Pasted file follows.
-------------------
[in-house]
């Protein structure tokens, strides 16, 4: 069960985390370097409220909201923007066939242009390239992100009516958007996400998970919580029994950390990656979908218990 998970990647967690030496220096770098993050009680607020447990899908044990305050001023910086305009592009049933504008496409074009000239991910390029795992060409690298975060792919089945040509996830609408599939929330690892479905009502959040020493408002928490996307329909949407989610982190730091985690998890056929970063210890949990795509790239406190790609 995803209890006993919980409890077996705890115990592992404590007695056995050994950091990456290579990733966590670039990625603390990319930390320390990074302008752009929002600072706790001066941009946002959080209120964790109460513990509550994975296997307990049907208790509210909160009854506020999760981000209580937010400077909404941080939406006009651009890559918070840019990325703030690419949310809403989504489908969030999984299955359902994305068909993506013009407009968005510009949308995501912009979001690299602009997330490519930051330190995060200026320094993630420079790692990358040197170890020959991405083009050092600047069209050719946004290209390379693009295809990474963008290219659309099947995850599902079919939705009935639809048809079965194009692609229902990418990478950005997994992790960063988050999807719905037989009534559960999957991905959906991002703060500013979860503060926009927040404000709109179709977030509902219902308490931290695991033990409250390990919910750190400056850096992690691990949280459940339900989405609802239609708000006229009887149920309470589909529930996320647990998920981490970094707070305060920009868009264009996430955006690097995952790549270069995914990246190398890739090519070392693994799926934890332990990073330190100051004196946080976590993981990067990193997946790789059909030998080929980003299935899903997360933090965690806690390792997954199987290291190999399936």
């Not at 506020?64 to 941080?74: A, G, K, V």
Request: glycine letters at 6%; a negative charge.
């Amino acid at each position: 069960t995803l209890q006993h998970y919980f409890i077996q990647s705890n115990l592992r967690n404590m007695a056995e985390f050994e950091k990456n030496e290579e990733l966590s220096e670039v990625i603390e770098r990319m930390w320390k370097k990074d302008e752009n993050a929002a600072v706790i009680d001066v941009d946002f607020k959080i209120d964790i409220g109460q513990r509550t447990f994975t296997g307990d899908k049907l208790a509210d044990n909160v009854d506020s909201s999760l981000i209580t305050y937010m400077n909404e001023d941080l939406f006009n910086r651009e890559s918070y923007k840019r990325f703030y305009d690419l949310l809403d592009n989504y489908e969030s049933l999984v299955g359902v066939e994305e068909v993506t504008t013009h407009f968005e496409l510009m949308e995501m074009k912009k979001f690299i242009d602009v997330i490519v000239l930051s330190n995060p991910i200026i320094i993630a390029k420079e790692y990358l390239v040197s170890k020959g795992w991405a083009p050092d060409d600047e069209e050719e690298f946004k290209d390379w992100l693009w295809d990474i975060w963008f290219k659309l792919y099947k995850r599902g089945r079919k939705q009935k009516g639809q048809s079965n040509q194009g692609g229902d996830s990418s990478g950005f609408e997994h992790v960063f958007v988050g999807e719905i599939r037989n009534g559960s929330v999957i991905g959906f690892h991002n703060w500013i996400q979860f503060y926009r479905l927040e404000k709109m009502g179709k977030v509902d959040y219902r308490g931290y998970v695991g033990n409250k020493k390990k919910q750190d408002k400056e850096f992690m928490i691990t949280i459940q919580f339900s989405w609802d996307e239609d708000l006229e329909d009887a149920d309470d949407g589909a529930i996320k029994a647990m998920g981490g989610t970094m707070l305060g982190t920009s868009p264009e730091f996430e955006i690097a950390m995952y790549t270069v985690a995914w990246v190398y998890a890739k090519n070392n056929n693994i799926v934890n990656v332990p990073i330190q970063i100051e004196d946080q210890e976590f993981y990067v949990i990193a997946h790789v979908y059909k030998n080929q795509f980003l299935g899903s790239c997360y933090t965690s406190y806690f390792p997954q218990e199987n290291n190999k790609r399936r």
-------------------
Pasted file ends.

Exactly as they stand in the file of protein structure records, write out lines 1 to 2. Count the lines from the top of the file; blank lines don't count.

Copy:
[in-house]
């Protein structure tokens, strides 16, 4: 069960985390370097409220909201923007066939242009390239992100009516958007996400998970919580029994950390990656979908218990 998970990647967690030496220096770098993050009680607020447990899908044990305050001023910086305009592009049933504008496409074009000239991910390029795992060409690298975060792919089945040509996830609408599939929330690892479905009502959040020493408002928490996307329909949407989610982190730091985690998890056929970063210890949990795509790239406190790609 995803209890006993919980409890077996705890115990592992404590007695056995050994950091990456290579990733966590670039990625603390990319930390320390990074302008752009929002600072706790001066941009946002959080209120964790109460513990509550994975296997307990049907208790509210909160009854506020999760981000209580937010400077909404941080939406006009651009890559918070840019990325703030690419949310809403989504489908969030999984299955359902994305068909993506013009407009968005510009949308995501912009979001690299602009997330490519930051330190995060200026320094993630420079790692990358040197170890020959991405083009050092600047069209050719946004290209390379693009295809990474963008290219659309099947995850599902079919939705009935639809048809079965194009692609229902990418990478950005997994992790960063988050999807719905037989009534559960999957991905959906991002703060500013979860503060926009927040404000709109179709977030509902219902308490931290695991033990409250390990919910750190400056850096992690691990949280459940339900989405609802239609708000006229009887149920309470589909529930996320647990998920981490970094707070305060920009868009264009996430955006690097995952790549270069995914990246190398890739090519070392693994799926934890332990990073330190100051004196946080976590993981990067990193997946790789059909030998080929980003299935899903997360933090965690806690390792997954199987290291190999399936």